Active Biological Matter
Dynamical Self-organization inside Evaporating Droplet
Life has evolved in the liquid phase, which allows many interactions in the micrometer and submicrometer range. In addition to large water deposits, liquid droplets are very common in nature, such as aerosols, raindrops, etc. A liquid droplet can contain various components such as particles and macromolecules. Any droplet on a surface exposed to air is subject to evaporation. Therefore, it is important to understand how evaporation can lead to a certain self-organization of the droplet's components. As studied extensively, the evaporating droplet proves to be a robust experimental setup for studying the dynamics of non-active or active biological materials. Therefore, we apply the setup of the evaporating droplet for two types of systems, namely, non-active and active components:
- non-active spherical particles in micro- and nano-meter sizes
- Active cytoskletal filaments such as mixture of microtubules filaments and associated
In the case of non-active spherical particles, we study the pattern formation of the particles with different chemical composition of the droplet on altered substrates. The surface interaction with the particles and the particle-particle interaction are coupled with flow fields inside the droplet, leading to the formation of regular patterns. We show how the chemistry of the droplet affects the particle-particle interaction at the interface of the evaporating droplet. Two unique patterns are seen: a flower-like lattice and a regular lattice formed by micro- and nano-sized particles, respectively. We wonder how the coupling between the internal flow of the droplet and the particle-particle interaction can lead to the formation of regular patterns. Broadly, this research aims at a comprehensive understanding of pattern formation in non-active droplets, which might be associated with some favorable self-assembly, similar to biologically active substances.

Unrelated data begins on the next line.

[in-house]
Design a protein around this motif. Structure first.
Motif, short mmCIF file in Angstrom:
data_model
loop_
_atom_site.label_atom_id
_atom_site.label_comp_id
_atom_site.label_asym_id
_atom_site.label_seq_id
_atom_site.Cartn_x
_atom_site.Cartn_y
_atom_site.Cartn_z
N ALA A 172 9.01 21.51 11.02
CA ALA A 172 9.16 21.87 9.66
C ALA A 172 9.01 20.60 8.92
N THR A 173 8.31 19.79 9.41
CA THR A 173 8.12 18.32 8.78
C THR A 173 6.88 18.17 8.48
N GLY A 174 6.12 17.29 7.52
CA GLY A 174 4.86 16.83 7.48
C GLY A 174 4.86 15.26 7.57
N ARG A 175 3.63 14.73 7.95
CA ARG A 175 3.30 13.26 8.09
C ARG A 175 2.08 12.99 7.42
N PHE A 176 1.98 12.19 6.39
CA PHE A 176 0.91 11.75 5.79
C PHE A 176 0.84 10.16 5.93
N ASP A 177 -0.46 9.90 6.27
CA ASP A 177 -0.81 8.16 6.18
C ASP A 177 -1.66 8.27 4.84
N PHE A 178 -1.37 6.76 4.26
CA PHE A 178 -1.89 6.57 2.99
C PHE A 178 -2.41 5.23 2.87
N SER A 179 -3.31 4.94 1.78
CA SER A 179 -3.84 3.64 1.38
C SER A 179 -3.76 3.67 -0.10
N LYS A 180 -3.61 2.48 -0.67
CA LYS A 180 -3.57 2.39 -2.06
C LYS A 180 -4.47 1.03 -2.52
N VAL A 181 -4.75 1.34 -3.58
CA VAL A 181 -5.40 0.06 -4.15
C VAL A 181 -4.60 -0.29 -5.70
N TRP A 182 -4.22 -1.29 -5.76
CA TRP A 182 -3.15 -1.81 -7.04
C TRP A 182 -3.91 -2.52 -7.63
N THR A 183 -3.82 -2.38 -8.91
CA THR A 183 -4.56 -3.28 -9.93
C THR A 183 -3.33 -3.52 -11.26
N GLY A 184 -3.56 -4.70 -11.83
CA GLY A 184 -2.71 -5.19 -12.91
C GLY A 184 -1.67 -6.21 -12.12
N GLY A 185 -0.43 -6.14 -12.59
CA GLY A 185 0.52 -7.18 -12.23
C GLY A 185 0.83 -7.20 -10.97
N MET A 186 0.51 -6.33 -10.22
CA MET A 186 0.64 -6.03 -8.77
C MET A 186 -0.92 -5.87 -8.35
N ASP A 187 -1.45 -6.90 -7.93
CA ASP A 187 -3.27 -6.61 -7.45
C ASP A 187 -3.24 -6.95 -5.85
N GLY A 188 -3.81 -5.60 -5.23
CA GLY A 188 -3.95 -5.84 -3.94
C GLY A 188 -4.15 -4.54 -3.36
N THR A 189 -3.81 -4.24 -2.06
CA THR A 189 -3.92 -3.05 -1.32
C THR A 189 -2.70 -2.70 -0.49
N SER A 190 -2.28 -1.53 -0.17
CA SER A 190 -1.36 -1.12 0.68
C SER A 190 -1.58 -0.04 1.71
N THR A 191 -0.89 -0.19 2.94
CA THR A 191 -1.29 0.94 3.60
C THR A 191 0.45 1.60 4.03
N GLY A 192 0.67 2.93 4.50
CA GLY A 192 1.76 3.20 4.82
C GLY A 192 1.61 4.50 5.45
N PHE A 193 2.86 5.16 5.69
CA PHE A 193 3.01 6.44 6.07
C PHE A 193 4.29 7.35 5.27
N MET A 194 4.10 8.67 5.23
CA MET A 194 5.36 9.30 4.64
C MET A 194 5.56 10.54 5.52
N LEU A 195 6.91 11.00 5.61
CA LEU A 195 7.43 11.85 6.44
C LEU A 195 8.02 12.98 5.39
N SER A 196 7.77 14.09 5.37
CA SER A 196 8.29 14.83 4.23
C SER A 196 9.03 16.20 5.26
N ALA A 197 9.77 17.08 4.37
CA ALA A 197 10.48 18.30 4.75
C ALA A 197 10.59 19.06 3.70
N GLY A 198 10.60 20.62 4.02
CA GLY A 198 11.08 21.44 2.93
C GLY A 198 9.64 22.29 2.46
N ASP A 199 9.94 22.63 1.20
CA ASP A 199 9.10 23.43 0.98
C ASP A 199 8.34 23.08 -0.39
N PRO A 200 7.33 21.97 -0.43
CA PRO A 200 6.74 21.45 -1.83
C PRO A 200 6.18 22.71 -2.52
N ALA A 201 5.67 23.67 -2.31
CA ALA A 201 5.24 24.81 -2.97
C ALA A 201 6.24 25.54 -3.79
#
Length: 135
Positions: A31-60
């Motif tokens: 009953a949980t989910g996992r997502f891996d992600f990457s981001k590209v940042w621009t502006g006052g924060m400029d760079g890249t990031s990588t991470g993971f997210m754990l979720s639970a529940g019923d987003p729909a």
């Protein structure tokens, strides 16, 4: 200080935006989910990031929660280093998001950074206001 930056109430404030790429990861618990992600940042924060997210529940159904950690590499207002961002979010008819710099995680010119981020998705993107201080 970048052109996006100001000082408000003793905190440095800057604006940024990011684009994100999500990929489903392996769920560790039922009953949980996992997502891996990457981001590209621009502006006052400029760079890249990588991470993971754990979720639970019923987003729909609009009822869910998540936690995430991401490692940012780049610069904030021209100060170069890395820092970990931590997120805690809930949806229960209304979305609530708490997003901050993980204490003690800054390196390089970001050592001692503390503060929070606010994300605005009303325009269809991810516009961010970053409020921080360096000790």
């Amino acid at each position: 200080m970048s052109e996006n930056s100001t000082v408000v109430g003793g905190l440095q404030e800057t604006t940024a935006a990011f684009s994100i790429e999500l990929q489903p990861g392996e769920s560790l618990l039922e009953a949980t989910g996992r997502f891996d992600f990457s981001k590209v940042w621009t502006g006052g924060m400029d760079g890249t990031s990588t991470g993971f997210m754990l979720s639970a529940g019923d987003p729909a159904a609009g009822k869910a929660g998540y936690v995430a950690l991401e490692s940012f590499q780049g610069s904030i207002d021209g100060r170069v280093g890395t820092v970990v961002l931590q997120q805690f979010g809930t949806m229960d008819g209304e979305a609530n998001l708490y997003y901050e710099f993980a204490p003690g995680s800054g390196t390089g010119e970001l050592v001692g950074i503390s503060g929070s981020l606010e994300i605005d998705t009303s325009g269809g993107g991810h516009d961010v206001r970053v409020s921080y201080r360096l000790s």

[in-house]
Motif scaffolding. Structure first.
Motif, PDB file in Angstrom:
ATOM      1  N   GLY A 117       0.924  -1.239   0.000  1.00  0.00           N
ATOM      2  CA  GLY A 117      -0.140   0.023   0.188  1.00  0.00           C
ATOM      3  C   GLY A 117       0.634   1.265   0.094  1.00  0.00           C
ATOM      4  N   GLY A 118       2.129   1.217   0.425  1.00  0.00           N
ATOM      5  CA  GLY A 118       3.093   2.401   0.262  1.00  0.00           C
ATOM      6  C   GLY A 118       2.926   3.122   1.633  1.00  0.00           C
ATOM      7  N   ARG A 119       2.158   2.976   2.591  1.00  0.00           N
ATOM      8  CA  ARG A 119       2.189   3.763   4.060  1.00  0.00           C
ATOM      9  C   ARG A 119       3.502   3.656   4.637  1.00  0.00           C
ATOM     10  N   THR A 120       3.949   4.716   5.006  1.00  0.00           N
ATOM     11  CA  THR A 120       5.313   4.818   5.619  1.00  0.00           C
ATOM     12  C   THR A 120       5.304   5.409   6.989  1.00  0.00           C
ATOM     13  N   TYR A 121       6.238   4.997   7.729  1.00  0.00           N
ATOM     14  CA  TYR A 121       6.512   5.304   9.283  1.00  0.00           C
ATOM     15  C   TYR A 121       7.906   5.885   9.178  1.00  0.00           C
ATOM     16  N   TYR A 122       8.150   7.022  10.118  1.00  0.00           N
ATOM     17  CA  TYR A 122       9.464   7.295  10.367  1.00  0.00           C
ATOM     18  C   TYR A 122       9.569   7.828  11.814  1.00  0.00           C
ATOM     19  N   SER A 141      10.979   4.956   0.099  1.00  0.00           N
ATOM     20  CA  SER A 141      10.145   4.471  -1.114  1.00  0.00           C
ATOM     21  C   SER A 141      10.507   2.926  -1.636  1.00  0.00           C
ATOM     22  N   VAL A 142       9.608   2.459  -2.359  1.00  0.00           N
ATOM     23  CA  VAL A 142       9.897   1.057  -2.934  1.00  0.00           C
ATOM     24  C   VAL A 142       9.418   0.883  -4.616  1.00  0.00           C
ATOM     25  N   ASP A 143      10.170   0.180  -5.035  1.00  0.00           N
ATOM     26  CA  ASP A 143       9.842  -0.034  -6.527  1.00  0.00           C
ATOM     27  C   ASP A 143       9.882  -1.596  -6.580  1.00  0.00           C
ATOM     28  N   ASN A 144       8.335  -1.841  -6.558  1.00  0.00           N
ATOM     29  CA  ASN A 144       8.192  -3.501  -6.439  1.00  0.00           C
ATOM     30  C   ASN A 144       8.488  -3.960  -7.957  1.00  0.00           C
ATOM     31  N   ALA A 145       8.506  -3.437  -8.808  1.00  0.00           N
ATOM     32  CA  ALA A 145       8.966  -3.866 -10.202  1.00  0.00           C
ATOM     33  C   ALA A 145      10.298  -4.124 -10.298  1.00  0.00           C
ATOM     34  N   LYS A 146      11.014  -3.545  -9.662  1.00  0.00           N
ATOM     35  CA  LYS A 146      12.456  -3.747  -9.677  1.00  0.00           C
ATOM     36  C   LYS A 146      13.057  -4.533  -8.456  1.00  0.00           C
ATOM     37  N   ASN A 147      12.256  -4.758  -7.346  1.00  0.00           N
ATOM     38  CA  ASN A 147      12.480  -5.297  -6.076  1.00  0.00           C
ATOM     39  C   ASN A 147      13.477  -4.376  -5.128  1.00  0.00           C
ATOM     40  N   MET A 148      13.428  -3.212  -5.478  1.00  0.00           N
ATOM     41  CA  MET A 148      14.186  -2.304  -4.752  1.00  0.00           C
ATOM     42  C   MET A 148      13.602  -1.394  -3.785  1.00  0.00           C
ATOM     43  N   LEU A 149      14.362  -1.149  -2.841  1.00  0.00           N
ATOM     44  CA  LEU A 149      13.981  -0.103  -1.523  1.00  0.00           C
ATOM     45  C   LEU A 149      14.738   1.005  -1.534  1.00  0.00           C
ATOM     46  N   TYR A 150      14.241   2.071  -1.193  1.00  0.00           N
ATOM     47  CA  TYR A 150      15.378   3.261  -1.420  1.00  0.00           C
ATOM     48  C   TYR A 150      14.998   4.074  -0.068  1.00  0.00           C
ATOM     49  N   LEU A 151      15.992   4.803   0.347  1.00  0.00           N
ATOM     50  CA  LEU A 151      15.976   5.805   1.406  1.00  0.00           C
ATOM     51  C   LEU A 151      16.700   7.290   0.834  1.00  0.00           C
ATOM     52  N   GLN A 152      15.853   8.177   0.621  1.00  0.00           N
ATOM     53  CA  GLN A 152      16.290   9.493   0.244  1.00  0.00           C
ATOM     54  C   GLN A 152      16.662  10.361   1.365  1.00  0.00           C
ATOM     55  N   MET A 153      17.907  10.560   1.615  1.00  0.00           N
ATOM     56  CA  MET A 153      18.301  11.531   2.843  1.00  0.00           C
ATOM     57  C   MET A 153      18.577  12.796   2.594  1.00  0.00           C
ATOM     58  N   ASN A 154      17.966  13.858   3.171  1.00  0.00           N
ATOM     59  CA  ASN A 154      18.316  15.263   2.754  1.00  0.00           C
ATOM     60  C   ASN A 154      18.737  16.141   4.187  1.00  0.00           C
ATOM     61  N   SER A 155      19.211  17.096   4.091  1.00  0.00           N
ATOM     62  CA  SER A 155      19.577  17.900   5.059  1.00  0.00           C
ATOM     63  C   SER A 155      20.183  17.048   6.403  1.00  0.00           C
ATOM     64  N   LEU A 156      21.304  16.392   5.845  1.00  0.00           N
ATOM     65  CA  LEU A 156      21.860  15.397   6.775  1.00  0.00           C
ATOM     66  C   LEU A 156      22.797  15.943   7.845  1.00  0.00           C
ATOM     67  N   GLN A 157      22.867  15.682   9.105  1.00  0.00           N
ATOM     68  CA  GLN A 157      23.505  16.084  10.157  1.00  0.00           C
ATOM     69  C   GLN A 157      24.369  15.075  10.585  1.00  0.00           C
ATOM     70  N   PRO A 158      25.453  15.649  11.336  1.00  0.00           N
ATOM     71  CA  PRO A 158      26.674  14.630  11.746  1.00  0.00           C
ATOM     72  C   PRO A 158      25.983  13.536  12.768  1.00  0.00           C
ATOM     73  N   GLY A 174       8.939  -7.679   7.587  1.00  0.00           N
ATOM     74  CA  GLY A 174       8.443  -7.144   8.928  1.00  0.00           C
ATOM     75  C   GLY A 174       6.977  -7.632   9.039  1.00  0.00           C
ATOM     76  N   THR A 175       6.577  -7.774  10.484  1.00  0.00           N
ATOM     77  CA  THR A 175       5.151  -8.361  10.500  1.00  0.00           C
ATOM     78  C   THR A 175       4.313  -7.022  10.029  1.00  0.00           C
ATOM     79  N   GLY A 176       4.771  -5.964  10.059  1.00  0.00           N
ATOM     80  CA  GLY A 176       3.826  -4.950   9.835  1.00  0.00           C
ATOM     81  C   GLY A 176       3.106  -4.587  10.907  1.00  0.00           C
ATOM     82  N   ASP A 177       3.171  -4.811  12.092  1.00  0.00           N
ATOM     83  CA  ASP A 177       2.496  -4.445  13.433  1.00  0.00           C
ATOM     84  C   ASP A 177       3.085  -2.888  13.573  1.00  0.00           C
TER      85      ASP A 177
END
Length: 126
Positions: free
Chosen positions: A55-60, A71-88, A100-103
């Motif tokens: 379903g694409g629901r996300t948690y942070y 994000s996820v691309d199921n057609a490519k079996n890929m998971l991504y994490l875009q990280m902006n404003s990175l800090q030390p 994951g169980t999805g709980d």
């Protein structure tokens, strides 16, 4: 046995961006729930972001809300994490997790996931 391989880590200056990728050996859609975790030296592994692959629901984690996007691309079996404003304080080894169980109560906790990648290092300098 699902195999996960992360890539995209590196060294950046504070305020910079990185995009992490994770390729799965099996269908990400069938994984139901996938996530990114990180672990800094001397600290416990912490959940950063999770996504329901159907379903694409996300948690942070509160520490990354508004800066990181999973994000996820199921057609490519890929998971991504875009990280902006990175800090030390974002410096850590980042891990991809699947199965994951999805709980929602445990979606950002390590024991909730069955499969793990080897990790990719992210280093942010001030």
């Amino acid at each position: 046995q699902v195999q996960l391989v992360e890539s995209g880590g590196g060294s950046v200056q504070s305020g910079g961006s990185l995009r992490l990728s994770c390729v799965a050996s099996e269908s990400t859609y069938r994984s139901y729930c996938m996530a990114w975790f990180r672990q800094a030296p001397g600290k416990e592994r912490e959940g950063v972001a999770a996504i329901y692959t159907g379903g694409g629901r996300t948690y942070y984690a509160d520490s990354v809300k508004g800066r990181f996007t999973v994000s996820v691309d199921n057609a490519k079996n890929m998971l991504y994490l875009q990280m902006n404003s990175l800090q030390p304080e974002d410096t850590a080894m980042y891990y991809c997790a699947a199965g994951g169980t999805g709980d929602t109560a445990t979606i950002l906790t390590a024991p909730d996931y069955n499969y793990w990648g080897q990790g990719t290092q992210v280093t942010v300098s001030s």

In the active mixture of cytoskeletal filaments, we observed that the coupling of flow fields inside the evaporating droplet with the active mixture led to the formation of a symmetrical and ring-like arrangement. The observed dynamics was due to the activity of kinesin motors, and the absence of motor activity resulted in phase separation of the filaments from the aqueous phase of the droplet. We attempt to characterize these experimental observations and reveal that the addition of depleting agents is critical for promoting activity in the active droplet. These experiments suggest that a membraneless droplet of cell size can be used to study the mechanical forces induced by cytoskeletal filaments in a minimal system, offering applicability for artificial cell studies.
Pattern formation in the evaporation droplet with active and non-active components. a) Schematic representation of the evaporating droplet with active cytoskeletal filaments as a mixture of microtubule filaments and kinesin motor proteins. b) Time-lapse images of the experiment with the active evaporating droplet show a symmetrical ring-like arrangement of the active network. c) Formation of a lattice pattern in a non-active evaporating droplet containing quantum dots (7 nm). d) Formation of a flower-like pattern of 1 μm sized particles by the Marangoni effect. e) Radial aggregation of the 1 μm sized particles in the evaporating droplet.
- arXiv:2305.07099 (2023). https://doi.org/10.48550/arXiv.2305.07099
- Nature 588, 210-213 (2020). https://doi.org/10.1038/d41586-020-03461-4
- Nat Commun 11, 5167 (2020). https://doi.org/10.1038/s41467-020-18815-9